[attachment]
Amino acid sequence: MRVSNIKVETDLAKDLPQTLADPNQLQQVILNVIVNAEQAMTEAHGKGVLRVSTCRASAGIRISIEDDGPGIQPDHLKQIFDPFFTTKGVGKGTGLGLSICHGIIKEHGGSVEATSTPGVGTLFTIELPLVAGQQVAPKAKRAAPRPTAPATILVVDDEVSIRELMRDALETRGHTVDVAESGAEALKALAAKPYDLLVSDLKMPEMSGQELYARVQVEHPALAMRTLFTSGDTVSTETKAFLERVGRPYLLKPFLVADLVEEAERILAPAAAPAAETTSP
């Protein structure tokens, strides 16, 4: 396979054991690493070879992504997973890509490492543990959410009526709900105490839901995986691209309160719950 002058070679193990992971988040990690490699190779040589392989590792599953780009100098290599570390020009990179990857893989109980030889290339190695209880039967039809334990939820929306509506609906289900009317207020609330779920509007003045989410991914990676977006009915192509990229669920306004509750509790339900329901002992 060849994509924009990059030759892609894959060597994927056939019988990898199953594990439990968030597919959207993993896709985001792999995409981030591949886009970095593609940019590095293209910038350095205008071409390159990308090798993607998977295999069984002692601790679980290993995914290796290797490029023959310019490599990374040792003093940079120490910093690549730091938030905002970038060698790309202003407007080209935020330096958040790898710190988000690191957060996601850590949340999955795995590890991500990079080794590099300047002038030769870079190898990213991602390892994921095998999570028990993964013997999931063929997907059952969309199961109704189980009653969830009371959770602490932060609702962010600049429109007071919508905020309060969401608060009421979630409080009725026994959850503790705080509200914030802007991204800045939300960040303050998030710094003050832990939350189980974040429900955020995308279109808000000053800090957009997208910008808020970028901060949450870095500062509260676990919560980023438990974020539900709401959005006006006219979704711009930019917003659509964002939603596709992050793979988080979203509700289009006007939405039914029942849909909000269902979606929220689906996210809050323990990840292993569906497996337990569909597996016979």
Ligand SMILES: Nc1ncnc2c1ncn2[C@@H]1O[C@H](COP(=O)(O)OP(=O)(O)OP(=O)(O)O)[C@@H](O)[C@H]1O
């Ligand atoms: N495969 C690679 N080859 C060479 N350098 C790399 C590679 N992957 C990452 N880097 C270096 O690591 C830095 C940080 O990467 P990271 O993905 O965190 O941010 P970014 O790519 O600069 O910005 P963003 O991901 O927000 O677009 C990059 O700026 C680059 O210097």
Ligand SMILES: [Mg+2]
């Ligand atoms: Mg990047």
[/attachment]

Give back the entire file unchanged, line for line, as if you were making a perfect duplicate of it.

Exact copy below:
Amino acid sequence: MRVSNIKVETDLAKDLPQTLADPNQLQQVILNVIVNAEQAMTEAHGKGVLRVSTCRASAGIRISIEDDGPGIQPDHLKQIFDPFFTTKGVGKGTGLGLSICHGIIKEHGGSVEATSTPGVGTLFTIELPLVAGQQVAPKAKRAAPRPTAPATILVVDDEVSIRELMRDALETRGHTVDVAESGAEALKALAAKPYDLLVSDLKMPEMSGQELYARVQVEHPALAMRTLFTSGDTVSTETKAFLERVGRPYLLKPFLVADLVEEAERILAPAAAPAAETTSP
């Protein structure tokens, strides 16, 4: 396979054991690493070879992504997973890509490492543990959410009526709900105490839901995986691209309160719950 002058070679193990992971988040990690490699190779040589392989590792599953780009100098290599570390020009990179990857893989109980030889290339190695209880039967039809334990939820929306509506609906289900009317207020609330779920509007003045989410991914990676977006009915192509990229669920306004509750509790339900329901002992 060849994509924009990059030759892609894959060597994927056939019988990898199953594990439990968030597919959207993993896709985001792999995409981030591949886009970095593609940019590095293209910038350095205008071409390159990308090798993607998977295999069984002692601790679980290993995914290796290797490029023959310019490599990374040792003093940079120490910093690549730091938030905002970038060698790309202003407007080209935020330096958040790898710190988000690191957060996601850590949340999955795995590890991500990079080794590099300047002038030769870079190898990213991602390892994921095998999570028990993964013997999931063929997907059952969309199961109704189980009653969830009371959770602490932060609702962010600049429109007071919508905020309060969401608060009421979630409080009725026994959850503790705080509200914030802007991204800045939300960040303050998030710094003050832990939350189980974040429900955020995308279109808000000053800090957009997208910008808020970028901060949450870095500062509260676990919560980023438990974020539900709401959005006006006219979704711009930019917003659509964002939603596709992050793979988080979203509700289009006007939405039914029942849909909000269902979606929220689906996210809050323990990840292993569906497996337990569909597996016979």
Ligand SMILES: Nc1ncnc2c1ncn2[C@@H]1O[C@H](COP(=O)(O)OP(=O)(O)OP(=O)(O)O)[C@@H](O)[C@H]1O
């Ligand atoms: N495969 C690679 N080859 C060479 N350098 C790399 C590679 N992957 C990452 N880097 C270096 O690591 C830095 C940080 O990467 P990271 O993905 O965190 O941010 P970014 O790519 O600069 O910005 P963003 O991901 O927000 O677009 C990059 O700026 C680059 O210097």
Ligand SMILES: [Mg+2]
């Ligand atoms: Mg990047």